Parks and Recreation (2009–2015)
8.4/10
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Practice Date 

Ann helps a nervous Leslie get ready for her first date with Dave by giving her a "practice date," while everybody else at the office tries to dig up the juiciest dirt on each other.

Director:

Alex Hardcastle

Writers:

Greg Daniels (created by), Michael Schur (created by) | 2 more credits »
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Cast

Episode cast overview, first billed only:
Amy Poehler ... Leslie Knope
Rashida Jones ... Ann Perkins
Paul Schneider ... Mark Brendanawicz
Aziz Ansari ... Tom Haverford
Nick Offerman ... Ron Swanson
Aubrey Plaza ... April Ludgate
Chris Pratt ... Andy Dwyer (credit only)
Louis C.K. ... Dave Sanderson
Jim O'Heir ... Jerry Gergich
Retta ... Donna Meagle
Kevin Symons ... Bill Dexhart
Jay Jackson ... Perd Hapley
Jama Williamson ... Wendy Haverford
Danilo Di Julio ... Bartender
Duane R. Shepard Sr. ... Emcee (as Duane Shepard Sr.)
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Storyline

Ann helps a nervous Leslie get ready for her first date with Dave by giving her a "practice date," while everybody else at the office tries to dig up the juiciest dirt on each other.

Plot Summary | Add Synopsis

Genres:

Comedy

Certificate:

TV-PG

Parents Guide:

View content advisory »
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Details

Country:

USA

Language:

English

Release Date:

8 October 2009 (USA) See more »

Company Credits

Show more on IMDbPro »

Technical Specs

Runtime:

Sound Mix:

Stereo

Color:

Color

Aspect Ratio:

1.78 : 1
See full technical specs »
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Did You Know?

Trivia

This is the first mention of the running joke where Leslie calls the bathroom the "whiz palace." See more »

Goofs

Toward the end of the series, Tom is established to have been born in 1985 and thus is in his mid-to-late 20s throughout the series. He and Wendy are also established to be close to the same age, as he tells Ron they "met in college." However, in Season 2, which takes place in 2009, Wendy is already practicing as a surgeon. If she is around the age of 24-25, it would be highly unlikely that she is fully practicing as a surgeon at that point. See more »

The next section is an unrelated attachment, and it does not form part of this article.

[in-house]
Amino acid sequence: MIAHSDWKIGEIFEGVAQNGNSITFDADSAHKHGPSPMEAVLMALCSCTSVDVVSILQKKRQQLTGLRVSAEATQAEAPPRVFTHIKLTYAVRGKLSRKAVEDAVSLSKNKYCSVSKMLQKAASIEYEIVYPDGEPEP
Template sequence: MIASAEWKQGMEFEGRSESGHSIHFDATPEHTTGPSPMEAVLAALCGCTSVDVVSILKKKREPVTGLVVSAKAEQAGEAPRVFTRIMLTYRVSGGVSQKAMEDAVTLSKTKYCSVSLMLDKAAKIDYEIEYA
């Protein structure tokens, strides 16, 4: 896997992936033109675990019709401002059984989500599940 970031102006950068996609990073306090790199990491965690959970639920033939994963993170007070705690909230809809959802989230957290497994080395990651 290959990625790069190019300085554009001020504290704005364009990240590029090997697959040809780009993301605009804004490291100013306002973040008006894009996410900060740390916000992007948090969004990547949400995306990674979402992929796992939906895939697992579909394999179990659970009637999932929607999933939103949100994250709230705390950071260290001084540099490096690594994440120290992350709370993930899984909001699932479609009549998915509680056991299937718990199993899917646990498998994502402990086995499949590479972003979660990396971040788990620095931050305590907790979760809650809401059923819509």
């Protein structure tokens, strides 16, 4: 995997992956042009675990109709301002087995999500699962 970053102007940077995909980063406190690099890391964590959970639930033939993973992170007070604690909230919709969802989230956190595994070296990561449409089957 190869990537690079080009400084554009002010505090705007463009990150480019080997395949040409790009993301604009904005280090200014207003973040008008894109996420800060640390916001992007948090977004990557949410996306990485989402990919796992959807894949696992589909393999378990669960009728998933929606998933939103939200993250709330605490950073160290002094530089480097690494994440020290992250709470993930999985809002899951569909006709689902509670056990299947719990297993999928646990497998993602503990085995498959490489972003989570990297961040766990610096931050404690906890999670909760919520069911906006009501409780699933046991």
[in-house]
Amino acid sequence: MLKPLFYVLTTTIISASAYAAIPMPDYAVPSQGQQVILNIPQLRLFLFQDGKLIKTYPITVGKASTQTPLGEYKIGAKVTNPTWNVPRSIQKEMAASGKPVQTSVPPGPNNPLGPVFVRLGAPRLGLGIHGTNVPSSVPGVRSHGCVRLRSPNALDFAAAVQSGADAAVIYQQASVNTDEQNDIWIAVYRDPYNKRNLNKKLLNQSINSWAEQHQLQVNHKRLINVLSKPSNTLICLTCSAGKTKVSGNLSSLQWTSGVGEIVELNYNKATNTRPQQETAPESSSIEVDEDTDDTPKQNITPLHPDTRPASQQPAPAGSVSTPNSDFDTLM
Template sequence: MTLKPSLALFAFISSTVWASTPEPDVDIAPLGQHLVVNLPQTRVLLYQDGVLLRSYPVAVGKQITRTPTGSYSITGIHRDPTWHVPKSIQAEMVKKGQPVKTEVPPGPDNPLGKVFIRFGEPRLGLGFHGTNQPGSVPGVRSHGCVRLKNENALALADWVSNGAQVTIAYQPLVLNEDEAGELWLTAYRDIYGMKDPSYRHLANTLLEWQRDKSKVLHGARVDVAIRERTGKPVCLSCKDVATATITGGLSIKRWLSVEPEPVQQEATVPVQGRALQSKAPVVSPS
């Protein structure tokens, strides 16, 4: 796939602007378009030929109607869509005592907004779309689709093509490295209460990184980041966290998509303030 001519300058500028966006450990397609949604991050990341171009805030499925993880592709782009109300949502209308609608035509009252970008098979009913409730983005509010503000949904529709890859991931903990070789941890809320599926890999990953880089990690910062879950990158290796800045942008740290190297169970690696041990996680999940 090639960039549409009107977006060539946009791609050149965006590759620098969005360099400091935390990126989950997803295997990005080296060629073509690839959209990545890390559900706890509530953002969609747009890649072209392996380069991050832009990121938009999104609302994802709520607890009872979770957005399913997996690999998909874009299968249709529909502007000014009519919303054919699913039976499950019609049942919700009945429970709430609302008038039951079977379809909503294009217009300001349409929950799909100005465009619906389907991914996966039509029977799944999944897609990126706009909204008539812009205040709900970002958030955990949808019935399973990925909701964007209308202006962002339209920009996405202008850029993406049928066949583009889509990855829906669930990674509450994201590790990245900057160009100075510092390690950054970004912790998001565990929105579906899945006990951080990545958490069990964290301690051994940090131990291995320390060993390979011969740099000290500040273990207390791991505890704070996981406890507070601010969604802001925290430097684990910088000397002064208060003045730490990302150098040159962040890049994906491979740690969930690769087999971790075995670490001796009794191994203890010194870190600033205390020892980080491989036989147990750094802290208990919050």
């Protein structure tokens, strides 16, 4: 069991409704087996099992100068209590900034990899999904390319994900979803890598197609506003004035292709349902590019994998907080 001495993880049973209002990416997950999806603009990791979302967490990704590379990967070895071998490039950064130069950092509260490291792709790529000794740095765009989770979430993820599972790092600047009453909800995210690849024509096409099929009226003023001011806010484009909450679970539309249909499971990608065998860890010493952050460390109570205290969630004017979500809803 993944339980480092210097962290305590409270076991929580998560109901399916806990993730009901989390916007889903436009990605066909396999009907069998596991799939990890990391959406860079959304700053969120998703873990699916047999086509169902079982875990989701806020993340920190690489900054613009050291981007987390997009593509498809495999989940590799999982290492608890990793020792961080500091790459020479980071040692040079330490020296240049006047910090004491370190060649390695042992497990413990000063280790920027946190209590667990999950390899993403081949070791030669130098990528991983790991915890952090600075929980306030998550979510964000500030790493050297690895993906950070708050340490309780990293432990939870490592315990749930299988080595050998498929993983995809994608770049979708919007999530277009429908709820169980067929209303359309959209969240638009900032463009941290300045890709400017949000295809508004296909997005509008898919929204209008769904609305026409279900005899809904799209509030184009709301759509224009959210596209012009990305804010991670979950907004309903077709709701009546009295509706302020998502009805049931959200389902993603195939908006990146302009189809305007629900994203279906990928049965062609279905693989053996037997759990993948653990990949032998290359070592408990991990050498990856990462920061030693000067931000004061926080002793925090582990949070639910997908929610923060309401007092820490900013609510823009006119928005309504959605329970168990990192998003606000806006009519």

Quotes

Mark Brendanawicz: Why does anybody wanna run for public office? You're just asking to have your entire life exposed.
Tom Haverford: Well, if you're squeaky clean like I am, there's no problem.
Mark Brendanawicz: Tom, you're married and you hit on women constantly.
Tom Haverford: Yeah, but I've never sealed the deal. Just window shopping. You can fly to Brazil, just don't enter the cave, am I right?
[Tom raises his hand but nobody high-fives him]
See more »

Connections

References Star Wars: Episode IV - A New Hope (1977) See more »

Soundtracks

I Want to Know What Love Is
(uncredited)
Written by Mick Jones
(Attributed to Foreigner)
Performed by Nick Offerman
See more »

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User Reviews

 
The first great episode of the series
29 July 2018 | by brenbellaSee all my reviews

Four episodes in to Season 2, and I think the show has more than made up of for the lackluster Season 1. These early Season 2 episodes are funnier, more clever, and characters are finally starting to develop. Now, the best thing that this extremely underrated Season 2 episode does is develop it's characters, and it's mostly all done in a minor B-story.

Before I get to the B-story of "Practice Date," let's talk about the main plot for which the episode is named after. Leslie and her new boyfriend, Dave, are about to go on their first date, and Leslie is freaking out, because her previous dates have gone, well, terribly. Ann agrees to go on a practice date with Leslie to help her prepare, but this only makes Leslie even more nervous. This storyline works so well, because it allows an avenue for Amy Poehler to flex all her comedic muscles. Leslie goes through a sea of emotions in just this episode alone. We see her happy, nervous, angry, drunk, and embarrassed. Poehler is comedically at her best here, which what makes the storyline so entertaining.

As great as the main plot is, it just does not compare to the stellar B-story for which this episode contains. Arguably the best in the entire series. Now, up to this point, very minor characters like Jerry and Donna have not gotten a lot of screen time. Heck, if you're watching this episode for the first time, you might not even know who these characters are. However, this all changes because of the brilliant premise; the gang competing against each other to see who can dig up more dirt on each other. It's genius! From this point on, Jerry will be the show's punching bag, Donna will become more lively, and Tom more pathetic. It's incredible writing, and really fleshes out these characters by adding exposition in a very amusing way. Also, quick side note, this episode has a great ending at a jazz club, which I won't spoil, but adds another layer to an already great character.

I consider "Practice Date" to the be the first truly great episode of the series. It not only is tightly written with so many great lines, but also fleshes out characters, showcases other characters at their best, and even introduces new characters (Perd Hapley, Councilman Dexhart). This episode is arguably the most important episode of the entire series, and allows the show to reach even newer heights comedically.


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